Competing studies are under way to assess air pollution from Wisconsin’s frac sand industry, and the author of one said current state law isn’t protecting people well enough.
A separate study, meanwhile, will examine the impact of frac sand mines on water.
Silica dust from sand mining is a health concern because particles that are small enough to be inhaled can damage the lungs of people exposed long-term.
“We don’t want to unnecessarily raise fears or anxieties, but there are more than 100 facilities and the DNR is not taking an active role on monitoring small particulate,” said Crispin Pierce, a professor of environmental health at the University of Wisconsin-Eau Claire.
The state Department of Natural Resources requires air monitors. But the law doesn’t say what kind, and Pierce said monitoring of smaller particles would provide better information on potential health risks.
The agency has begun to encourage new mines to install small particulate monitors, known as PM2.5, but it can’t require older ones to replace their current PM10 monitors.
“The monitors are a tool, but it’s not like a smoke detector,” said Tom Woletz, the frac sand point person at the DNR. “There is no perfect monitor.”
Pierce and his students have been taking snapshots of PM2.5 pollution at several mines. Their data show that the EOG Resources processing plant in Chippewa Falls has exceeded U.S. Environmental Protection Agency limits, he said.
But the DNR has its own concerns about Pierce’s methods.
Pierce and his students are only sampling at one location for each mine. Yet farming, driving on dirt roads, and other activities also contribute to ambient dust levels, so the current regulations call for comparing data from both sides of a facility to see if it is to blame.
In the meantime, EOG hired a particle pollution expert to run its own study. That study uses
modified EPA-approved methods to test ambient air quality at the PM4 level. This data can be directly compared to the well-studied silica exposure limits for workers that are measured inside plants or factories with PM4 monitors.
So far, Woletz said, EOG’s preliminary data show no difference between background dust levels and the air downwind from the frac sand mines.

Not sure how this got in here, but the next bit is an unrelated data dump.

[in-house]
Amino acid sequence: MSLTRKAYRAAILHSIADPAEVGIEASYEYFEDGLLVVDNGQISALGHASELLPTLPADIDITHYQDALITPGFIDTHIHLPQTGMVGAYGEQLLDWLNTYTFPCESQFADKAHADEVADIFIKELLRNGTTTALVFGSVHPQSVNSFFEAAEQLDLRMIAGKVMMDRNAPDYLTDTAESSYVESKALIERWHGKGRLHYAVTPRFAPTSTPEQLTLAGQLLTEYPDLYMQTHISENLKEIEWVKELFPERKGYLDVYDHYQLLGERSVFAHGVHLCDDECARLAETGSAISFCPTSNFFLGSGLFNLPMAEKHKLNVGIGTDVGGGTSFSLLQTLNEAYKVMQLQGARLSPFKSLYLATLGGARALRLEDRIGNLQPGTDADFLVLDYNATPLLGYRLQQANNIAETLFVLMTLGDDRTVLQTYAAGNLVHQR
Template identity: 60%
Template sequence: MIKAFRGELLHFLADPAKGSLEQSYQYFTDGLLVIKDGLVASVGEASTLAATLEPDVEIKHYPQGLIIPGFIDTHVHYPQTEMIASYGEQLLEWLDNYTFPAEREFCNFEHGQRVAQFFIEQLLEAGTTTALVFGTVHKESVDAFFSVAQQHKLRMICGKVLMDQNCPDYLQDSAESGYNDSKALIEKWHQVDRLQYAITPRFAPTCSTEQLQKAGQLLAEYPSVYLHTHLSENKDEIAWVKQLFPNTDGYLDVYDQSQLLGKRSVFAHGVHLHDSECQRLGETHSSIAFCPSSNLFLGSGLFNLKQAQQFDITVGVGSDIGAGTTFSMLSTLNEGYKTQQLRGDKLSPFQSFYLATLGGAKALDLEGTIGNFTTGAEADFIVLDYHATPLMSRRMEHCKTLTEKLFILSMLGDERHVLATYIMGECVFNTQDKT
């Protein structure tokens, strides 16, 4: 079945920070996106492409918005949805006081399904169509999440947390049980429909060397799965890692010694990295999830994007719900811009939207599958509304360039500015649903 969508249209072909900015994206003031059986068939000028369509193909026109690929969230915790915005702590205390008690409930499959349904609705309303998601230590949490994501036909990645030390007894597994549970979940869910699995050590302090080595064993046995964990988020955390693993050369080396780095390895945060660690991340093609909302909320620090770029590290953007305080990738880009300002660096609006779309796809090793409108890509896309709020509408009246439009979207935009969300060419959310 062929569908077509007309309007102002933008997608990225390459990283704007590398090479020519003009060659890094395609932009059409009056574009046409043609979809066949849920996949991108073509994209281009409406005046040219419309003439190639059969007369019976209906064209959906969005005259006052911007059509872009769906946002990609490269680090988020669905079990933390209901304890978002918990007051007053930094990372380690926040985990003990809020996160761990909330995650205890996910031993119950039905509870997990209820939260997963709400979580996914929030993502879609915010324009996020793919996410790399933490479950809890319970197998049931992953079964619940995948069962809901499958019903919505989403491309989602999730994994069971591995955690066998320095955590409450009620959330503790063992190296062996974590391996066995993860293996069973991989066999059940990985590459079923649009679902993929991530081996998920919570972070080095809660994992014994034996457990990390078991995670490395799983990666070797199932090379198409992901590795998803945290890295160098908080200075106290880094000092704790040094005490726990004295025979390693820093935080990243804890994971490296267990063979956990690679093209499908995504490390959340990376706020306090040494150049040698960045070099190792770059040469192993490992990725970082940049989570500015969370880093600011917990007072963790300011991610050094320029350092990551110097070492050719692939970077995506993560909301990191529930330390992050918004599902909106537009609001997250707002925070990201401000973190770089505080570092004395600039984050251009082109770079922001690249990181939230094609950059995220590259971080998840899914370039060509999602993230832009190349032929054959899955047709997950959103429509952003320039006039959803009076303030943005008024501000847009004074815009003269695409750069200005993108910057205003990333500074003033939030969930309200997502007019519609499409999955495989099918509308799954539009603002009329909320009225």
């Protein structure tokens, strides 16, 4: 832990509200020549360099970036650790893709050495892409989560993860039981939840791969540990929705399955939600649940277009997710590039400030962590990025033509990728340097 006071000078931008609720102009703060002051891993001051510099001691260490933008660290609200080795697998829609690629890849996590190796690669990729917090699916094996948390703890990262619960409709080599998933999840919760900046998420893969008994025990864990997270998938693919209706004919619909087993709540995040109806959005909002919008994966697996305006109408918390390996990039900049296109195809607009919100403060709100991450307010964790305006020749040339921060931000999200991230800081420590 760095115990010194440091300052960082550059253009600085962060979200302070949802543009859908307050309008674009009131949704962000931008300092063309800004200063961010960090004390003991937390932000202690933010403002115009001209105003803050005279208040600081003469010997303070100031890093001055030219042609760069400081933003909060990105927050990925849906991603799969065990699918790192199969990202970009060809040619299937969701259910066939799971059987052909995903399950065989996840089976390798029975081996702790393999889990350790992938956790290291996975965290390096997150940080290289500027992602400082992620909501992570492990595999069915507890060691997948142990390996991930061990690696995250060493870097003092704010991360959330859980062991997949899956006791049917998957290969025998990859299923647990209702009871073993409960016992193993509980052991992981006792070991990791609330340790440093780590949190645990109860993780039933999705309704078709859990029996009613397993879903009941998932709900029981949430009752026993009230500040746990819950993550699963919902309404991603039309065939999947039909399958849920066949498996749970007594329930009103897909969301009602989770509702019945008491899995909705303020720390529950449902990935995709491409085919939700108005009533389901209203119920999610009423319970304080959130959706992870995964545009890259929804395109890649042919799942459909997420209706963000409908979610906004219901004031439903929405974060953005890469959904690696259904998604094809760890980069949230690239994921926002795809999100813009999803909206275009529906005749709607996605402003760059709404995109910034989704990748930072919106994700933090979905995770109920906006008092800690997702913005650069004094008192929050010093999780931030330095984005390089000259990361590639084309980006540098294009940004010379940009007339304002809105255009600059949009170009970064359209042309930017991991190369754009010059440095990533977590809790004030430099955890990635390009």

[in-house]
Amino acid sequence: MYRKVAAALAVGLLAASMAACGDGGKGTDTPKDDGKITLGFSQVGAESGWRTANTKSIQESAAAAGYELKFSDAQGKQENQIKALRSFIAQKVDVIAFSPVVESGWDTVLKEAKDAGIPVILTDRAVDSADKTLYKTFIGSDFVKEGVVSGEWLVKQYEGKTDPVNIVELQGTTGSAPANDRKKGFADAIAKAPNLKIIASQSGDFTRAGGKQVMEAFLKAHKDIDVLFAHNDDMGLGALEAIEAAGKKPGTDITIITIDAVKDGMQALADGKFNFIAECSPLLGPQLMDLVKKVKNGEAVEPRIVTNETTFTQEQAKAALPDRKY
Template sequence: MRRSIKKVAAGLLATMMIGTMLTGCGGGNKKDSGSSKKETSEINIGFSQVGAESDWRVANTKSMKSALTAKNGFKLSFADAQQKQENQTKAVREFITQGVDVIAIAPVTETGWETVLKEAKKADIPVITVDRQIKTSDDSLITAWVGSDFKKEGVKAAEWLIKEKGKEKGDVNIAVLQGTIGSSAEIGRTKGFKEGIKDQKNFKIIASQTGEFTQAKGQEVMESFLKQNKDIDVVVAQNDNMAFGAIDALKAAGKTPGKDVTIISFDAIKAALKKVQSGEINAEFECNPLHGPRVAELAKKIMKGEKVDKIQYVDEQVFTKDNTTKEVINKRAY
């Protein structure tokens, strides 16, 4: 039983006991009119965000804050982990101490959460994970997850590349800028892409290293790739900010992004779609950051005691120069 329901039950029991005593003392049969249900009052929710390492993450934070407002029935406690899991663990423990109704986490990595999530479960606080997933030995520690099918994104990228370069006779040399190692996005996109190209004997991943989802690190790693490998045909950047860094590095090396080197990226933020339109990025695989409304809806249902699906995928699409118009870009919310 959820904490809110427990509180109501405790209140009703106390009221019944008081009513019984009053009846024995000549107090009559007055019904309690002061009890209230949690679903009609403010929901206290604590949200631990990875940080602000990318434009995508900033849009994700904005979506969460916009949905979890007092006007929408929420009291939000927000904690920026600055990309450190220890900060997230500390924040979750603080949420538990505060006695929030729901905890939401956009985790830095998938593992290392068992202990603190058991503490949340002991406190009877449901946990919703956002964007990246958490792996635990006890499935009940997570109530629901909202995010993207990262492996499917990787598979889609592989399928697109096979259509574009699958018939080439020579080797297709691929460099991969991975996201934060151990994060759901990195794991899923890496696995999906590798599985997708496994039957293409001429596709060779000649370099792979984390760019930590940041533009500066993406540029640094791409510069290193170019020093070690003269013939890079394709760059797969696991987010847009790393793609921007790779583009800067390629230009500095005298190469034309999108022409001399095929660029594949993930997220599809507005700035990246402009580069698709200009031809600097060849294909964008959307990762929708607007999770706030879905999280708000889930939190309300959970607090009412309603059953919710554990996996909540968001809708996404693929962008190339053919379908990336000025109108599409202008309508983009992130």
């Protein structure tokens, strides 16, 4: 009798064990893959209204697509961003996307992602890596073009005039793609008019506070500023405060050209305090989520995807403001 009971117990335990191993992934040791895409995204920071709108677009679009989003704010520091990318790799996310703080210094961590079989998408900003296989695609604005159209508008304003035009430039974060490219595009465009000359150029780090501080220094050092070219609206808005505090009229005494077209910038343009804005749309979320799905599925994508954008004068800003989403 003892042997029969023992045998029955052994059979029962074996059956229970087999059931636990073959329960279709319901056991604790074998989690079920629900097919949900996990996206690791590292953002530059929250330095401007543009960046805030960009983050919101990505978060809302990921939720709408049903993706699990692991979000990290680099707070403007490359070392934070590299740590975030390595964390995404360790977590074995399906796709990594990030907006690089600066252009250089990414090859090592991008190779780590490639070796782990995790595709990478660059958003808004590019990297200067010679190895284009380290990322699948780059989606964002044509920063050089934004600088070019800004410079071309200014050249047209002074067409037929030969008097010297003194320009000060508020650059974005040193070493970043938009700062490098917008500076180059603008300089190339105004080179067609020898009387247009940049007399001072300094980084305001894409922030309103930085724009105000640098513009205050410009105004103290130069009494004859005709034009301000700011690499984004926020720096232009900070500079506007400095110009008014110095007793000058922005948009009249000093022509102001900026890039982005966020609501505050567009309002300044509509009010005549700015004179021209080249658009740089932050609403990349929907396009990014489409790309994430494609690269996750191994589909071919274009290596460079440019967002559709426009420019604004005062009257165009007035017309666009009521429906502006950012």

Water use study under way
Concerns about sand mines’ overall water usage have prompted a rare detailed investigation of groundwater quantity in Chippewa County.
Frac sand mines use a lot of water — millions of gallons a month — to process the sand and keep dust down. They typically install high-capacity wells similar to those used for farm irrigation.
Right now, the DNR permits and regulates each high-capacity well individually — without regard for how much water others nearby are using.
The plan is to study the cumulative impacts of groundwater pumping by both mining and irrigation, said Dan Masterpole, the land conservationist for Chippewa County.
The five-year study will coordinate efforts by the county, the DNR, the U.S. Geological Survey, and the Wisconsin Geologic Natural History Survey, frac sand companies and local farmers. Scientists will use a network of groundwater monitoring wells and stream gauges to model the region’s water system.
That requires studying the behavior of the groundwater, the relationship between the groundwater and the surface water, how much water is being used, and where it’s going, according to Masterpole.
Such time-consuming data collection makes projects like this rare.
The project will also model how mining’s re-shaping of the landscape will affect how precipitation recharges the groundwater.
“The study will provide all parties with the best information for informed decision making,” Masterpole said. “Water conservation is important to them (the mining companies), because pumping water costs so much.”
Mike Fienen, a hydrologist with the USGS, said the stream gauges have an added monitoring benefit.
Last summer, the data gave an early warning that wastewater had flowed over a holding pond and into a stream. The mine’s operator was alerted and quickly fixed the problem.
“That’s one of the values of the gauging. I can’t stress that enough,” Fienen said. “There’s data. With that information, the regulators and mines can cooperate and respond to concerns.”
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